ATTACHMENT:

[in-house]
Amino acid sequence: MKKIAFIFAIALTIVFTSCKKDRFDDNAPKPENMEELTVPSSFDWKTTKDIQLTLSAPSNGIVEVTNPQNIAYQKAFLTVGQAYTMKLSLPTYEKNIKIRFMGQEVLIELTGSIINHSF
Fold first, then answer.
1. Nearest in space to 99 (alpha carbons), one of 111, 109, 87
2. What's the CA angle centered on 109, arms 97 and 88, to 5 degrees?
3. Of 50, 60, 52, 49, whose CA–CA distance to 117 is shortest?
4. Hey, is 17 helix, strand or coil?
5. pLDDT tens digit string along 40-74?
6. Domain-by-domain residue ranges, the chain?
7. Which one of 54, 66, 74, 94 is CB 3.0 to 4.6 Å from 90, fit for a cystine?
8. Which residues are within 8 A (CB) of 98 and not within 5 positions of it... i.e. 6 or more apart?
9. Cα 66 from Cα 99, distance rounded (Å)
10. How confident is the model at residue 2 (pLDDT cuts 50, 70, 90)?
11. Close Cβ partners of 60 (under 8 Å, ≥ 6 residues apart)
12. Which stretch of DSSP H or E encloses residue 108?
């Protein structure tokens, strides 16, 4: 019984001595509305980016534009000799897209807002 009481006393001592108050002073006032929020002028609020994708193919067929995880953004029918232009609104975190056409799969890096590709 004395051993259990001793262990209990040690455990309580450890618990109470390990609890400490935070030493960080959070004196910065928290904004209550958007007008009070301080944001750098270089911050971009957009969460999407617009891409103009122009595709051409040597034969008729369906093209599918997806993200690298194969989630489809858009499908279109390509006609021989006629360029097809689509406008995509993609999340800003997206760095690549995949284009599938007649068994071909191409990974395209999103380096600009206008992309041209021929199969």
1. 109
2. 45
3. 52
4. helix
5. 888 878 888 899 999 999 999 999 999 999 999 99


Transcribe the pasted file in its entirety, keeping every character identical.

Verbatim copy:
[in-house]
Amino acid sequence: MKKIAFIFAIALTIVFTSCKKDRFDDNAPKPENMEELTVPSSFDWKTTKDIQLTLSAPSNGIVEVTNPQNIAYQKAFLTVGQAYTMKLSLPTYEKNIKIRFMGQEVLIELTGSIINHSF
Fold first, then answer.
1. Nearest in space to 99 (alpha carbons), one of 111, 109, 87
2. What's the CA angle centered on 109, arms 97 and 88, to 5 degrees?
3. Of 50, 60, 52, 49, whose CA–CA distance to 117 is shortest?
4. Hey, is 17 helix, strand or coil?
5. pLDDT tens digit string along 40-74?
6. Domain-by-domain residue ranges, the chain?
7. Which one of 54, 66, 74, 94 is CB 3.0 to 4.6 Å from 90, fit for a cystine?
8. Which residues are within 8 A (CB) of 98 and not within 5 positions of it... i.e. 6 or more apart?
9. Cα 66 from Cα 99, distance rounded (Å)
10. How confident is the model at residue 2 (pLDDT cuts 50, 70, 90)?
11. Close Cβ partners of 60 (under 8 Å, ≥ 6 residues apart)
12. Which stretch of DSSP H or E encloses residue 108?
């Protein structure tokens, strides 16, 4: 019984001595509305980016534009000799897209807002 009481006393001592108050002073006032929020002028609020994708193919067929995880953004029918232009609104975190056409799969890096590709 004395051993259990001793262990209990040690455990309580450890618990109470390990609890400490935070030493960080959070004196910065928290904004209550958007007008009070301080944001750098270089911050971009957009969460999407617009891409103009122009595709051409040597034969008729369906093209599918997806993200690298194969989630489809858009499908279109390509006609021989006629360029097809689509406008995509993609999340800003997206760095690549995949284009599938007649068994071909191409990974395209999103380096600009206008992309041209021929199969």
1. 109
2. 45
3. 52
4. helix
5. 888 878 888 899 999 999 999 999 999 999 999 99